LONGTIME STUDENTS OF INTELLIGENCE TURF WARS note that such tactics hark back to the darkest days of the Nixon White House. “Nixon politicized the C.I.A. when he went to—this is very important: In the infamous ‘smoking-gun’ tape, he talks about going to [C.I.A. director] Richard Helms to tell [F.B.I. director] Pat Gray he’s got to stop the Watergate investigation,” said historian Stanley Kutler, author of The Wars of Watergate. “The idea was to tell Gray his investigators ‘were impinging on C.I.A. assets.’ That was the first time in our history that the C.I.A. became involved in ideological, partisan politics.”
But in the Plame case, C.I.A. director George Tenet, who resigned in July, 2004, appeared to hand over a sensitively positioned asset to the Vice President on a platter. “This marks the second major indiscretion by Tenet, together with his ‘slam-dunk’ statement on W.M.D.’s,” said Loch K. Johnson, a former aide to the 1975 Church Committee inquiry into C.I.A. abuses and now a Regents professor at the University of Georgia. “The major difference is that the C.I.A.’s skirts were comparatively clean during Watergate, except for giving a wig and disguise to [break-in burglar] Howard Hunt. Now, as Richard Helms would say, the agency is up to its scuppers in culpability with this.”
“Tenet had this Hobson’s choice to make,” said Mr. Bamford. “And instead of backing his own people—who were right all along—he didn’t want to lose his face time with Bush.” Indeed, the notion of a slam-dunk was apparently more than simply a metaphor for Mr. Tenet. The C.I.A. director “walked around with a basketball under his arm in the halls of Langley,” said Mr. Hersh. “Here you have someone directing the agency, who you’re supposed to take seriously, bouncing a basketball in the halls.” Was Mr. Tenet just working up to the “slam-dunk” flourish? “No,” Mr. Hersh replied. “The idea apparently was that he saw himself as a jock, and as a team player.”
Mr. Tenet’s fealty to the Bush team has already produced prestigious dividends. “Tenet’s Medal of Freedom was obviously a quid pro quo,” said Mr. Kutler, “in exchange for not writing a book. It was quite clear to me that they were greasing the skids for him.”
“You have to understand, the war was beginning to go badly in July 2003,” said Mr. Bamford. “You have the world coming down on Bush. You have these people who are the ultimate spinmeisters for both Bush and Cheney; they call up all their friendly people [in the press]. How are you going to discredit this thing? You say, ‘Well, this thing was all cooked up by [Mr. Wilson’s] wife. This wasn’t serious. This was a wife trying to get her husband a job.’”
And that’s where one might violate the Intelligence Identities Protection Act. “It was a tripwire they stumbled across,” Mr. Bamford said.
Mr. Wilkerson, who recently went public with explosive charges that the administration’s foreign policy had been hijacked by a “cabal” of ideologues, said that analysts and officers touting the pro-invasion line purposely ran interference against any information that threatened the Office of Special Plans’ delicately assembled case for the invasion of Iraq. “The fundamental problem was group-think,” said Mr. Wilkerson. “The group-think was basically, ‘If you disagree with me on anything, I’ll put you in a footnote.’”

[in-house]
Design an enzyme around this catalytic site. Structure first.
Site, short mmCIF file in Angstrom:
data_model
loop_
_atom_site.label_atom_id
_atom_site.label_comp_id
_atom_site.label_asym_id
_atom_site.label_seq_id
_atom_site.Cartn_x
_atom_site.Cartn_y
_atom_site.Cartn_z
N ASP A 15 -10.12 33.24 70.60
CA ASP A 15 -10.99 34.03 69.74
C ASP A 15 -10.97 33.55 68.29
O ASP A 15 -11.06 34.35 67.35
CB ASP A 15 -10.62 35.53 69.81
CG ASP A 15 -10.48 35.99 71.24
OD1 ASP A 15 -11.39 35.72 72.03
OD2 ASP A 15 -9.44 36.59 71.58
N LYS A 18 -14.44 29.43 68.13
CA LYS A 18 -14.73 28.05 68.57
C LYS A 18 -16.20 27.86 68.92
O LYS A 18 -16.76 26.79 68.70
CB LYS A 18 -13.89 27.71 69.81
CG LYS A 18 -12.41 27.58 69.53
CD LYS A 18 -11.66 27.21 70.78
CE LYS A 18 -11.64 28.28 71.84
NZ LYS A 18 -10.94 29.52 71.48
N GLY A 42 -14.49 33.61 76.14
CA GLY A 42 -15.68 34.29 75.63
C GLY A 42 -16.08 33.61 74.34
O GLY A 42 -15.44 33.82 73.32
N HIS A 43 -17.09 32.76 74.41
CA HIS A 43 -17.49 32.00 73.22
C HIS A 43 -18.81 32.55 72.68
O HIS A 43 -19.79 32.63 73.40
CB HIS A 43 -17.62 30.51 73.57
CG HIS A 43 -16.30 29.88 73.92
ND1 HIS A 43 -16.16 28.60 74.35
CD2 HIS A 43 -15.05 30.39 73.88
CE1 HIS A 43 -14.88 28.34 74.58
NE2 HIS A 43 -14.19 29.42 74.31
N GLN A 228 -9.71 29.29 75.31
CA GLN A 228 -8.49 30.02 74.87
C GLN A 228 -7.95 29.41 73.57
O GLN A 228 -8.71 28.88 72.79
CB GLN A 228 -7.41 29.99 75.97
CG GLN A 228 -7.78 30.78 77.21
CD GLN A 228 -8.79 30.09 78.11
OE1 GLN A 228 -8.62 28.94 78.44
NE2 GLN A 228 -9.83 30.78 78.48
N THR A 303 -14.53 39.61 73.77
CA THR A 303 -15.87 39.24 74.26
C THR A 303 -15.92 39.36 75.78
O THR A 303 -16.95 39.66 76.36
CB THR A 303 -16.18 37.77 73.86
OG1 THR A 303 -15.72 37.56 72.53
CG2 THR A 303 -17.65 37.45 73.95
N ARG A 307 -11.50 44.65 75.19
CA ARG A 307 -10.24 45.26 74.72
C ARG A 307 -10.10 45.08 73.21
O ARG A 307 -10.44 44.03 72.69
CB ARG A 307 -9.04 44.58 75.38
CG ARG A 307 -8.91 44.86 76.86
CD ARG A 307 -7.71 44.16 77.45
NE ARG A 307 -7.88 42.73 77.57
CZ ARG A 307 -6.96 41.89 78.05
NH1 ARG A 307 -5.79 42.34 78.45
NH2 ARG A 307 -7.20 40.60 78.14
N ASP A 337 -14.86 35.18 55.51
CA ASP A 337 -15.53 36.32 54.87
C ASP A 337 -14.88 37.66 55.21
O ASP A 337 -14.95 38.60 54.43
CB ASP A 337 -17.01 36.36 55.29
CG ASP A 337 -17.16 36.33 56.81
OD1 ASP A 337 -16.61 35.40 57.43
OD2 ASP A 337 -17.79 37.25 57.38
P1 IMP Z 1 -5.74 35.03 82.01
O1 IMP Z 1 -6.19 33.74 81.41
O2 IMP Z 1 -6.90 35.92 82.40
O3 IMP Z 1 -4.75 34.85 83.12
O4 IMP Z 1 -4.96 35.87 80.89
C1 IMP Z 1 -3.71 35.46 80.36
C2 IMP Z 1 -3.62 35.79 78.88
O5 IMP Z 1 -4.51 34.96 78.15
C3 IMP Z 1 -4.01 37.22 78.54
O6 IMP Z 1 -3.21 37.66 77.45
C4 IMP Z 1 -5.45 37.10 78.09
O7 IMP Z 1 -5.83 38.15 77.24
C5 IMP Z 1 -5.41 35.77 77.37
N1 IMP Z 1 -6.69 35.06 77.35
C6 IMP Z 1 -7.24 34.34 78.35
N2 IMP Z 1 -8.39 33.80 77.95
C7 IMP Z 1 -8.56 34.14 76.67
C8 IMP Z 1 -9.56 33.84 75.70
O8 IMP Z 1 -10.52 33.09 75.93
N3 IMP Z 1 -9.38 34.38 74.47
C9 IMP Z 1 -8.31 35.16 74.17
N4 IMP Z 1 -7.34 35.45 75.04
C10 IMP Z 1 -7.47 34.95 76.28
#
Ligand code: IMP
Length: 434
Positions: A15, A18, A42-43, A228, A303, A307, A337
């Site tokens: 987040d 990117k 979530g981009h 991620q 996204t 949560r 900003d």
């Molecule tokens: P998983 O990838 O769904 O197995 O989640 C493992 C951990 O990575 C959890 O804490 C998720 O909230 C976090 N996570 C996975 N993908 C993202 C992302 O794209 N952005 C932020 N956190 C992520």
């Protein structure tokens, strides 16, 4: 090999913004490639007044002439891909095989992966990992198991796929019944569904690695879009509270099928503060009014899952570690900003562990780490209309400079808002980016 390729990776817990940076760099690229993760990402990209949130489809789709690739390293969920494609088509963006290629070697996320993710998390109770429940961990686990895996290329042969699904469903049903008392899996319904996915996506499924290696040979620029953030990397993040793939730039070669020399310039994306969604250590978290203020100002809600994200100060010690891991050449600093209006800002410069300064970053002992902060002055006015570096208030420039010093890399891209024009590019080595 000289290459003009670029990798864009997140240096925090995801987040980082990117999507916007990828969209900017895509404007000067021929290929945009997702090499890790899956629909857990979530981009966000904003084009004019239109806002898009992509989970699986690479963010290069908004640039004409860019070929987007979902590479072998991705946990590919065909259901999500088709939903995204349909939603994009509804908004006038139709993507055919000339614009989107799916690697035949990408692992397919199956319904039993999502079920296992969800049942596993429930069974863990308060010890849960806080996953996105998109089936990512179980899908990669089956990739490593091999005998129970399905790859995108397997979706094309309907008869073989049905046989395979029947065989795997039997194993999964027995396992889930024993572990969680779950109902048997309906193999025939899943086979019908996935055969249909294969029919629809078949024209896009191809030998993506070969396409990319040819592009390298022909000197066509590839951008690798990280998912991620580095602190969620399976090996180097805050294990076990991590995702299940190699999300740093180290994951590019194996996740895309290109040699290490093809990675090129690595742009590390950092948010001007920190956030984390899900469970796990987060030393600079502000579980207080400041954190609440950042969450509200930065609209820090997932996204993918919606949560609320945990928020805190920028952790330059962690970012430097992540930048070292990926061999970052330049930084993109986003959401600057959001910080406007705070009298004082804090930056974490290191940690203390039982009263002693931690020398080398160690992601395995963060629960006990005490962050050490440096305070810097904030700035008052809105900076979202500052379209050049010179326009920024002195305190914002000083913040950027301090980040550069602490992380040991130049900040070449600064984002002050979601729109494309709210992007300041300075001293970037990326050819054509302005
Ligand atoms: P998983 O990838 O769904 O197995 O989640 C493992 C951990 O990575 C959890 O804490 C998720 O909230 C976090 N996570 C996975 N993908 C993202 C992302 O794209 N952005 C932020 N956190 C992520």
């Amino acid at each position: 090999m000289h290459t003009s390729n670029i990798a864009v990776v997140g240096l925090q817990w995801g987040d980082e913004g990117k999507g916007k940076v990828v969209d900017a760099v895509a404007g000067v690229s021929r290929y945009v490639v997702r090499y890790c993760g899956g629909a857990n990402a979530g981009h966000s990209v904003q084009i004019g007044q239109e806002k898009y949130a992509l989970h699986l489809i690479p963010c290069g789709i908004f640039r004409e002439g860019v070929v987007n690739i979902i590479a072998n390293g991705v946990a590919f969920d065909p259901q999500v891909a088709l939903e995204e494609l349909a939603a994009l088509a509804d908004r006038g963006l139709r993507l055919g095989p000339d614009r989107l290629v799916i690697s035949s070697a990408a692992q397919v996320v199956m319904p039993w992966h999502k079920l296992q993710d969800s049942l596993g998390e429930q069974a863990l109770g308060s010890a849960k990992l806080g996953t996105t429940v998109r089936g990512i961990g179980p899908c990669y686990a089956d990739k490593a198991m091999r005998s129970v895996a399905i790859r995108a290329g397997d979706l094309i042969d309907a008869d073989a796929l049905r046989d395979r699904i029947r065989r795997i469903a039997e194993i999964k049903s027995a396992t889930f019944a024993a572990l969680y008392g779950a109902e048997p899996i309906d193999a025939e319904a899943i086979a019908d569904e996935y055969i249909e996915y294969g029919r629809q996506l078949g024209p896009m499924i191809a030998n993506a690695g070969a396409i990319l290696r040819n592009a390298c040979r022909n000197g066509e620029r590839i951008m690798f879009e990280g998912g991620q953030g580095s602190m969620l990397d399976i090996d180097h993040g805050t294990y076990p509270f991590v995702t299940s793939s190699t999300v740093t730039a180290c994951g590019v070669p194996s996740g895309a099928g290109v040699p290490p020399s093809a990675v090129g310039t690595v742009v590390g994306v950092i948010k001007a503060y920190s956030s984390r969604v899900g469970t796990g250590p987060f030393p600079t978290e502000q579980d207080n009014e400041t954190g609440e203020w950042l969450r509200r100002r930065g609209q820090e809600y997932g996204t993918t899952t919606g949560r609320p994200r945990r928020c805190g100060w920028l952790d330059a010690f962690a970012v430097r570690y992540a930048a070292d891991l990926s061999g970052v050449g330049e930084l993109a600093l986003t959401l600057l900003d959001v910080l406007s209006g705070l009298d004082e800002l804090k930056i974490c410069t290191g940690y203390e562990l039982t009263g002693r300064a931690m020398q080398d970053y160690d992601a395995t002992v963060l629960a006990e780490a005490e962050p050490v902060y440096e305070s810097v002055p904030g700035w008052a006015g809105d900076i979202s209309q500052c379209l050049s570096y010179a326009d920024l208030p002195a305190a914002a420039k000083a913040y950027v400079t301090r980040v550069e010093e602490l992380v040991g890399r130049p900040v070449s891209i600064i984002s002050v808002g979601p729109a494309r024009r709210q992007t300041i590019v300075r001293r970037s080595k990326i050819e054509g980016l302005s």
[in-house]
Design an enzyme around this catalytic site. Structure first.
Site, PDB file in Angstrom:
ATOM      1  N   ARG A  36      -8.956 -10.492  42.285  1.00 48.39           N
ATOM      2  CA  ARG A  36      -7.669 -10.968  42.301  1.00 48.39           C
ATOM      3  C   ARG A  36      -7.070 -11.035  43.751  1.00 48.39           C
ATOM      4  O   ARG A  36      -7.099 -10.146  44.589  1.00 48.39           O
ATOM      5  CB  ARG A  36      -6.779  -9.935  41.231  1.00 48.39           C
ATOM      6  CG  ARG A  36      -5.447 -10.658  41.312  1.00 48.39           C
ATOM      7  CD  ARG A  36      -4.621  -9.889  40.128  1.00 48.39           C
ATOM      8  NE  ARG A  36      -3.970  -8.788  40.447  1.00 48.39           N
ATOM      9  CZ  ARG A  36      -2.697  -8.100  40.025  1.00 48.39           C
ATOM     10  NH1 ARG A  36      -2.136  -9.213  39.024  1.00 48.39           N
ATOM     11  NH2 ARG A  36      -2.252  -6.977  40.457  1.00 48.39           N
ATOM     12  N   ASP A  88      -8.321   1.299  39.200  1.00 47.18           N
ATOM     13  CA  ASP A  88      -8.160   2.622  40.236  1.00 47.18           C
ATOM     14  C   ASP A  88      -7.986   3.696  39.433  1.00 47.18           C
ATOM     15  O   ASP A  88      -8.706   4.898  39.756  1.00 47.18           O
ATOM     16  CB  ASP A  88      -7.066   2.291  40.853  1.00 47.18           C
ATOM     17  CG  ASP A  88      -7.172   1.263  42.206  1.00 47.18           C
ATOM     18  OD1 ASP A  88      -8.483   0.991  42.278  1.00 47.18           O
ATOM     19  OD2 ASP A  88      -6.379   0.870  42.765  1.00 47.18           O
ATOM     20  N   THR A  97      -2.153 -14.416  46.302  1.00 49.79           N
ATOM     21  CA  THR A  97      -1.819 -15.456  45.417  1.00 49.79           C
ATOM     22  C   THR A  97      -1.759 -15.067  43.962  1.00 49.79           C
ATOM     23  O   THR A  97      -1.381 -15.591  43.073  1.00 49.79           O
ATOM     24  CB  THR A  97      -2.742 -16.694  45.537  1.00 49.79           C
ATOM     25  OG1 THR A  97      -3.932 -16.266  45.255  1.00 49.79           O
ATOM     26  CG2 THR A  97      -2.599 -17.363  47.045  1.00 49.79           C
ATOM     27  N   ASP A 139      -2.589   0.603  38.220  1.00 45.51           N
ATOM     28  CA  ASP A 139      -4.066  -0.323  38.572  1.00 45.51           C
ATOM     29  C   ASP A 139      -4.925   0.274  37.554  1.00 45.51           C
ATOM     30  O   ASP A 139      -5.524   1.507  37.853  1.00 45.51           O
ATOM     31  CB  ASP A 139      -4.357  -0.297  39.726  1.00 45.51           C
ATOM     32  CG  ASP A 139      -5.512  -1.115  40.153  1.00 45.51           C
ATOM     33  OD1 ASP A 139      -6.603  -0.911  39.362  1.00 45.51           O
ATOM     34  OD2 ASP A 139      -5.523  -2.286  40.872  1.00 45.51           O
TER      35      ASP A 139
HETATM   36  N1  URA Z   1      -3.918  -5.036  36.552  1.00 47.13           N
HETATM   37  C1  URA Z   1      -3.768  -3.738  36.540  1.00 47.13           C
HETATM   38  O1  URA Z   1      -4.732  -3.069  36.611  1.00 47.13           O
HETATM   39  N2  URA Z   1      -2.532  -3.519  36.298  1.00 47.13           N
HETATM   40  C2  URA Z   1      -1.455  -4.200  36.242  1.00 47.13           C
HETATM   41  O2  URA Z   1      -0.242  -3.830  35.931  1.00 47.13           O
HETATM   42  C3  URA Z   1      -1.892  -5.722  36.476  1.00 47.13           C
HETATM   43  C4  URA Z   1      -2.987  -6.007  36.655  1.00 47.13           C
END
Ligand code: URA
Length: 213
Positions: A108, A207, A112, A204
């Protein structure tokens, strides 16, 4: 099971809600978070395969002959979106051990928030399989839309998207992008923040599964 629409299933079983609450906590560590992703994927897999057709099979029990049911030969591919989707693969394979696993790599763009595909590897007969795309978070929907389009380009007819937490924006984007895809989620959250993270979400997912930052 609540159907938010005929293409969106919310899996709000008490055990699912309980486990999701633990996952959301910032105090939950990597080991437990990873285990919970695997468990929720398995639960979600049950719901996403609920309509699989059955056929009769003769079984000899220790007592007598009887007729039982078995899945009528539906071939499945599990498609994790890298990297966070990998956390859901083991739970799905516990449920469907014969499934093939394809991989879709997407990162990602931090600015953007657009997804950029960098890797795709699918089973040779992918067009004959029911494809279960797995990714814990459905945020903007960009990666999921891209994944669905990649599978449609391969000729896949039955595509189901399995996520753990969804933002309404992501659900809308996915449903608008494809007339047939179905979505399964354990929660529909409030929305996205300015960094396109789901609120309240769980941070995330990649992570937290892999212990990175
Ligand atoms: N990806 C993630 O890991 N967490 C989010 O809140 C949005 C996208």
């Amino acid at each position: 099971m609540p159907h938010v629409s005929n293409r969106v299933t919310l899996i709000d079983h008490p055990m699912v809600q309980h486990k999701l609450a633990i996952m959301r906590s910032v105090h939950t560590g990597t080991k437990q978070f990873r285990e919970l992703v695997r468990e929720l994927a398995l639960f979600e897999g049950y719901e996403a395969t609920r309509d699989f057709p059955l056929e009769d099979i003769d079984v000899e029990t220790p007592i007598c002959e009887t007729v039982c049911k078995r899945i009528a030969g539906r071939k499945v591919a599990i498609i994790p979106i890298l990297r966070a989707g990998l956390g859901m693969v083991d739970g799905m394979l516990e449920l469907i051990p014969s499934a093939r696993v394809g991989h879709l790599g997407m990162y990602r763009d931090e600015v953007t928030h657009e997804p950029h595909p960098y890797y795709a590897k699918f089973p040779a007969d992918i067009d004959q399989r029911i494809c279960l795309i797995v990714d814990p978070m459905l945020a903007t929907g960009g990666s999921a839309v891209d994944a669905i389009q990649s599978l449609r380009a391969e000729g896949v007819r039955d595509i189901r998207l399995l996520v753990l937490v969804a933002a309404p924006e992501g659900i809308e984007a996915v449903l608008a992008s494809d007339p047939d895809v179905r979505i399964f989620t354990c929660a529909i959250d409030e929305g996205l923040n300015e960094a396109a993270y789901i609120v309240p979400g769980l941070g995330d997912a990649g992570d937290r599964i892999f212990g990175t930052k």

EVEN AFTER ALL OF THE INTRIGUE AND HIGH-STAKES ANGST over the Plame investigation, the much bigger black box concerning the elaborate put-up job on W.M.D. remains largely untouched and unopened. And there’s a sickly sense in Washington that, even if the special prosecutor’s office returns a boatload of indictments, that’s where things will stand. After all, the Senate Intelligence Committee still has yet to deliver its follow-up report on who was chiefly responsible for fouling up the W.M.D. case. The committee’s chairman, Republican Senator Pat Roberts of Kansas, announced last year that the inquiry had been scheduled too uncomfortably close to the November 2004 elections—and hasn’t taken it up since then.
Given that Congress—the strongest body to provide intelligence oversight—clearly brings its own political agenda to the table these days, even if the Senate Intelligence Committee were to reconvene its inquiry, agency watchers aren’t expecting it to meet the standard set by independent investigations such as the 1975 Church Committee hearings.
“The Congress will sit there till hell freezes over listening to people explain the details of the aluminum tubes,” Mr. Powers said. “But the aluminum tubes were never about the administration proving the threat that justified our going to war; they were just the administration’s way of persuading the country of the need for going to war. And the thing is, they know that in Congress. And they know that this means you have to accuse the President of being dishonest—and dishonest in a way that cost the lives of American boys. Congress won’t do that, and the Democrats won’t do that, since they voted—very foolishly—to proceed with the war.”
All these recondite and dismal calculations are poor competition indeed for the much-advertised “moral clarity” of the Cheney retinue of war makers. They deftly sidestepped the adverse intelligence reports, even as they assembled their own appetizing Chinese menu of rationales for invading Iraq. Their creed, said Mr. Wilkerson, is “conform or die.”